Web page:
Life of A Street Child


The existence of street children is most often viewed as a major problem, stripping youth of their humanity and burdening them with the everyday concern of survival. “Street children” is a term often used to describe children who work in the streets and markets of cities selling or begging, and live with their families and homeless street children who work, live and sleep in the streets, often lacking any contact with their families.

They can be found during the day in city centers, or near mazaars or dargahs and places of worship, or around train or bus stations.

The street child community in Pakistan is on the rise. These children are excluded from mainstream society, and the absence of access to education and vocational skills reduces their future opportunities.

In Pakistan, many children are forced to work on the streets due to health-related events occurring at home which require children to play a financially productive role from an early stage. We can see many street kids near the Abdullah Shah Ghazi Mazaar, they are habitual of getting food and money from the place hence most of the kids don’t prefer taking education as they’re getting handful of money already.

There are no reliable statistics on the number of these children. It is estimated that there are more than 120 million worldwide (source: UNICEF)

These children are needy and pitiful, most of the children are abandoned by their families or sent into cities because of a family’s poverty, often with hopes that a child will be able to earn money for the family and send it home.

Children who run away from home frequently end up on the street since they rarely return home due to dysfunctional families. They are exposed to multiple dangers:  malnutrition, health problems, violence, sexual exploitation, drug abuse, physical abuse and psychological pressure.

Knowing that these kids have not only been damaged by their homeless state, but also by the constant sexual, physical and emotional abuse. However, handing out a few coins results in sense of helplessness as this donation often goes to their “beggar masters,” drugs or to parents who often spend it on alcohol or illegal substances.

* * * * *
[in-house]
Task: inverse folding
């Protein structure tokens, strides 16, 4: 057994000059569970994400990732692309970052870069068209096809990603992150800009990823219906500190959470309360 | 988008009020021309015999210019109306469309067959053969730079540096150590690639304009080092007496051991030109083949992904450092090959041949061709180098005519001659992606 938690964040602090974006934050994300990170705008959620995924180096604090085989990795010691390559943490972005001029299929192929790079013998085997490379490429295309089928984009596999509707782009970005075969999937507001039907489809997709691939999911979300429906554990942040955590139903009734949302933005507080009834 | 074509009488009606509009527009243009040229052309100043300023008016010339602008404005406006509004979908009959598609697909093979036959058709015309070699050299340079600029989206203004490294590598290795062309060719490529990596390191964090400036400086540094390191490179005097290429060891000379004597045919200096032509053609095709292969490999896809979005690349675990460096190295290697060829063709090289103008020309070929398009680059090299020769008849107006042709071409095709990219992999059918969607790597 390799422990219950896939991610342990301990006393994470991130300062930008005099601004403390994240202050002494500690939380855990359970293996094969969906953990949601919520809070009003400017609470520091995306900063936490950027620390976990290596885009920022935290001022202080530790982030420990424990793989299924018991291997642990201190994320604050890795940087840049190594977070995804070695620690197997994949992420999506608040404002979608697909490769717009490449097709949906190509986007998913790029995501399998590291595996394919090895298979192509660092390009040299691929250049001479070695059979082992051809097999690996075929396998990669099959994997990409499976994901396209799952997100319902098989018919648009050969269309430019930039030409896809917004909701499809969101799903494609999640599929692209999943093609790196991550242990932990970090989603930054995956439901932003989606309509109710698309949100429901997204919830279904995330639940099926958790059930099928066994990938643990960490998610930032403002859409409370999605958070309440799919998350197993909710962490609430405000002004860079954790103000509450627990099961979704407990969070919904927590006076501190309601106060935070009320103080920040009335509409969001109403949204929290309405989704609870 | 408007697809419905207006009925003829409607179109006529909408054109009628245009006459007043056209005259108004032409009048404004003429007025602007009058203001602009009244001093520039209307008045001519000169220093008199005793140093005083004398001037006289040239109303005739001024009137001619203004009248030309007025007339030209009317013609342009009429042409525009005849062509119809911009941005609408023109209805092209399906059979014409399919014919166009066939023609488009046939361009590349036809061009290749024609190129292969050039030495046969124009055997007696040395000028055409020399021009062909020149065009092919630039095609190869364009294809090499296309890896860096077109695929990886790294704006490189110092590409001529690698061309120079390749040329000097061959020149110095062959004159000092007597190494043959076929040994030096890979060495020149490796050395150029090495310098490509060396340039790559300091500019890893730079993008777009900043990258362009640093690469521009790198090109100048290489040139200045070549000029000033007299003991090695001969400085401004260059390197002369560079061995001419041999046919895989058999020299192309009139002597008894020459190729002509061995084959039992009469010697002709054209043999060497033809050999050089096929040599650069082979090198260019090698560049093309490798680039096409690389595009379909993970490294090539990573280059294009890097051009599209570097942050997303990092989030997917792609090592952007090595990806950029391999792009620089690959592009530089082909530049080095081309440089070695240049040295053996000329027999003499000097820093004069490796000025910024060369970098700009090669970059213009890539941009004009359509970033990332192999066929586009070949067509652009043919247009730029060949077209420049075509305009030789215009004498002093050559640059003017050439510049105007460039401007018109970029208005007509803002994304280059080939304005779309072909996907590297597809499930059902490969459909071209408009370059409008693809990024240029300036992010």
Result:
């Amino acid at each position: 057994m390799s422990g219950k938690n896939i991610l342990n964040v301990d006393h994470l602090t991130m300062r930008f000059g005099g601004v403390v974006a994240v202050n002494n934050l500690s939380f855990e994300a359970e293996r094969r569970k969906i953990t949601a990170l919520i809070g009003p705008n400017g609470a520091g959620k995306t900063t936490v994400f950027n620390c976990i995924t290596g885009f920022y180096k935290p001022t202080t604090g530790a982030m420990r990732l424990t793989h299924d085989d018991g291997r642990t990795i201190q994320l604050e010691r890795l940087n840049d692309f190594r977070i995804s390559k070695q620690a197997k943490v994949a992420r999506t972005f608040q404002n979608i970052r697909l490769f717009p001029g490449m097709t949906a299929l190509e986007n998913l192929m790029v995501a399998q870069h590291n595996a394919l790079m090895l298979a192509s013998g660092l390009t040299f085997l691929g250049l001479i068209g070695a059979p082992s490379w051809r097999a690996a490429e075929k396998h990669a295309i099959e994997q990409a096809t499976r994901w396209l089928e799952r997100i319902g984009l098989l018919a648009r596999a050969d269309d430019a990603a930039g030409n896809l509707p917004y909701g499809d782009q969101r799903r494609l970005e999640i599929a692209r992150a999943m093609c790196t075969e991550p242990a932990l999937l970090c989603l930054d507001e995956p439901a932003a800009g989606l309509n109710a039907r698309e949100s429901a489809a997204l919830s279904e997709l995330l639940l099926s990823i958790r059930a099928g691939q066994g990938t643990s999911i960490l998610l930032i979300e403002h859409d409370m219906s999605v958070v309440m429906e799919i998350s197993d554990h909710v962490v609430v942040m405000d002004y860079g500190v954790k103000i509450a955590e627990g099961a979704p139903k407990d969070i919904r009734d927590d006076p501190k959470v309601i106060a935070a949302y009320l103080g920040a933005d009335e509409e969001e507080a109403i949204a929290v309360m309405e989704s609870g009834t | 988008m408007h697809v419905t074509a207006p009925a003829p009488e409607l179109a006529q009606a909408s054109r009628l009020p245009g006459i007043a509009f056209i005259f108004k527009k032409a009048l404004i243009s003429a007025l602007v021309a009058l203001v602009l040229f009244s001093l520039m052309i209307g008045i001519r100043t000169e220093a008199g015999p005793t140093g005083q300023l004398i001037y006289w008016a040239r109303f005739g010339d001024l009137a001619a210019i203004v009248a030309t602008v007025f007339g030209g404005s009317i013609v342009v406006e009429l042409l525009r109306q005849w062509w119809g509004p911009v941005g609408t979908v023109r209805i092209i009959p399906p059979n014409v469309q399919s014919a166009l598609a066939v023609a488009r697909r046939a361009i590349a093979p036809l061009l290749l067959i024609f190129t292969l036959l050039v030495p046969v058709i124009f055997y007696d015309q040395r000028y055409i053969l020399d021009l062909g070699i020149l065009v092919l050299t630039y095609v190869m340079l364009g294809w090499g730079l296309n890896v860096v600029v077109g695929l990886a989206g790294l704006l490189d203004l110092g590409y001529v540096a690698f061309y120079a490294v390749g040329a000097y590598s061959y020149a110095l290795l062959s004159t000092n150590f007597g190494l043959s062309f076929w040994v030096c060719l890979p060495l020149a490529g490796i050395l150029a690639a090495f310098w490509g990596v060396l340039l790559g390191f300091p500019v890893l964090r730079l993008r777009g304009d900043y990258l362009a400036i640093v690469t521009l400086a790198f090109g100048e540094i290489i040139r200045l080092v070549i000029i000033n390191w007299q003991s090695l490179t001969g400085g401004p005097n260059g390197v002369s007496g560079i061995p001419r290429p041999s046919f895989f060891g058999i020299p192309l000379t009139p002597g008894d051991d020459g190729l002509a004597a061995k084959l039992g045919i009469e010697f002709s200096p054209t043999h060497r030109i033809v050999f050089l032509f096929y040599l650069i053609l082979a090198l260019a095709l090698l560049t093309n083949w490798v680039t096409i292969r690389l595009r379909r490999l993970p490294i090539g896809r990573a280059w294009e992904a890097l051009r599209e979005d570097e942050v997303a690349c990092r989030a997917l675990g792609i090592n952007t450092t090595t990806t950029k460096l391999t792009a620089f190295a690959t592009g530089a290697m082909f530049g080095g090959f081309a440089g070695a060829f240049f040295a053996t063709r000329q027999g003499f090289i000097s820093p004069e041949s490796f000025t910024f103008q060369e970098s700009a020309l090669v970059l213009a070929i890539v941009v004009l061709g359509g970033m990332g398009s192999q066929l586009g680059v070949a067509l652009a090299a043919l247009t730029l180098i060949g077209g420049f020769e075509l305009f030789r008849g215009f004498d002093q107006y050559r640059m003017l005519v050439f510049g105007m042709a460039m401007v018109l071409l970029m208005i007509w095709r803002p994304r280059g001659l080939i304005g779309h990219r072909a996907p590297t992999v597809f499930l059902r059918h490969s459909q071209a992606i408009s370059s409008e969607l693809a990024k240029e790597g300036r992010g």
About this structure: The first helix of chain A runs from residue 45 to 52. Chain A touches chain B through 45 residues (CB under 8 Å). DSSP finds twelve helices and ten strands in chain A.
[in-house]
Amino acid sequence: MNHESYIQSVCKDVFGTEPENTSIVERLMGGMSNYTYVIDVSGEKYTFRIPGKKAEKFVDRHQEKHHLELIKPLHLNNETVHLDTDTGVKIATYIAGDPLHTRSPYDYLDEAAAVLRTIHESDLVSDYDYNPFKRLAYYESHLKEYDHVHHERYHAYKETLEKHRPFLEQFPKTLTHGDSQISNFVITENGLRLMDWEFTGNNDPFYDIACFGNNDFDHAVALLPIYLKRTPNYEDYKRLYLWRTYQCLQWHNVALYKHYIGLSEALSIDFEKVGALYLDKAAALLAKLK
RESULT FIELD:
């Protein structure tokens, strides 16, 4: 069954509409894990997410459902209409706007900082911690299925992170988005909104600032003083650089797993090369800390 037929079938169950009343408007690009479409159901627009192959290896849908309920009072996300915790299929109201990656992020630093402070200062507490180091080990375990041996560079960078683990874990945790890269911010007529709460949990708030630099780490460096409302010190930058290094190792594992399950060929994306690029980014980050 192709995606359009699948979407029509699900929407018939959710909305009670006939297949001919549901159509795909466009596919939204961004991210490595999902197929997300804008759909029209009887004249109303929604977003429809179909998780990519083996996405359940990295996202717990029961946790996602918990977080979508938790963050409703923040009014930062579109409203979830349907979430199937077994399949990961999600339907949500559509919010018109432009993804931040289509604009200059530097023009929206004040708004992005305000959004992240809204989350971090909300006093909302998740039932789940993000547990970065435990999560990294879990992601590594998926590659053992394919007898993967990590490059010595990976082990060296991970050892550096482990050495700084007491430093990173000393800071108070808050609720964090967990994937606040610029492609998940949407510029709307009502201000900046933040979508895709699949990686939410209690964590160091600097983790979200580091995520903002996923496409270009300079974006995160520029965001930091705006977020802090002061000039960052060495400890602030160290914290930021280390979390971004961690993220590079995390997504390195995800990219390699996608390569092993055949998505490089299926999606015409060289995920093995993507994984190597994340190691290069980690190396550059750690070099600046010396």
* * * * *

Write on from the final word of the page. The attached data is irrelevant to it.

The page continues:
Street life has an extremely detrimental effects of children, their unstable lifestyles, lack of medical facilities and inadequate living conditions drag them to chronic diseases such as infections, mental disorders and sexually transmitted diseases including HIV or AIDS. Also, they use drugs as they want to numb their pain and to forget their hardships they are dealing with, they take drugs like heroin, alcohol, cigarettes and industrial products such as shoe glue.

Children fending for them must find ways to eat; some collect discarded waste food or find unfair physical work to earn some bread. Many homeless children are tempted by adults and older youth into selling drugs and prostitution.

Another significant contributor to the life of street children is the culture of stealing. Stealing operates effectively within their street system and is the basic method of survival. Special need of education should be given to them.

These children who are vulnerable children, they would benefit immensely, education is a fundamental human right that allows all children to develop toward their potential. A lack of education has dire consequences for the child and negative consequences for the society as a whole.

Overlooked by society, they are at best disregarded and at worst dehumanized.  Because they lack identification, street children are often targeted in ways that perpetuate gross abuses of human rights.

All street children lack access to basic necessities and rights.  Perhaps more importantly, they lack a healthy environment in which their worth and dignity can be affirmed. These children have many needs and offer special challenges.

Some of these can be addressed through education with a value-based educational approach. Through a combination of both numbers and context, the many problems contributing to their existence can be addressed. This growing issue is evident in many countries throughout the world.